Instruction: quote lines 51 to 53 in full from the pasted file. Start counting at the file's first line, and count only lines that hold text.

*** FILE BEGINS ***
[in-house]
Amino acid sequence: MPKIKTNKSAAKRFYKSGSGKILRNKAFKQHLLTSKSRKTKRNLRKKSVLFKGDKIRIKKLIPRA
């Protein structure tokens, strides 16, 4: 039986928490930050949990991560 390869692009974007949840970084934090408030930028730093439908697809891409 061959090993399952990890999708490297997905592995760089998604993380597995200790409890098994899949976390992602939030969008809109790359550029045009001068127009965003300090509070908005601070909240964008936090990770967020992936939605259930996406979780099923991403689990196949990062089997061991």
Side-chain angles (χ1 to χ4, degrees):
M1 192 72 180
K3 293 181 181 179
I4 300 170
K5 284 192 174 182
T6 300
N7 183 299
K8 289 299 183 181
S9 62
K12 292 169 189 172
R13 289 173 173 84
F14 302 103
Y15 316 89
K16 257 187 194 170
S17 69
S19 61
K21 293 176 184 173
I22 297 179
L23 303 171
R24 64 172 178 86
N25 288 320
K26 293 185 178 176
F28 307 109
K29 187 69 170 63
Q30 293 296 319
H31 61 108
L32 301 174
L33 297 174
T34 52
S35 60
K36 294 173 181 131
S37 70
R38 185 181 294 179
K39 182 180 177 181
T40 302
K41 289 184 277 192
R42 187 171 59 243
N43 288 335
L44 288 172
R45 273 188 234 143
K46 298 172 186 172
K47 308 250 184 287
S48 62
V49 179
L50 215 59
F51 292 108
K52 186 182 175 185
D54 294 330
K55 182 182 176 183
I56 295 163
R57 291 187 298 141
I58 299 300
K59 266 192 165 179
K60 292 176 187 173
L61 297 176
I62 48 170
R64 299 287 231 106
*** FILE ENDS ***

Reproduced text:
D54 294 330
K55 182 182 176 183
I56 295 163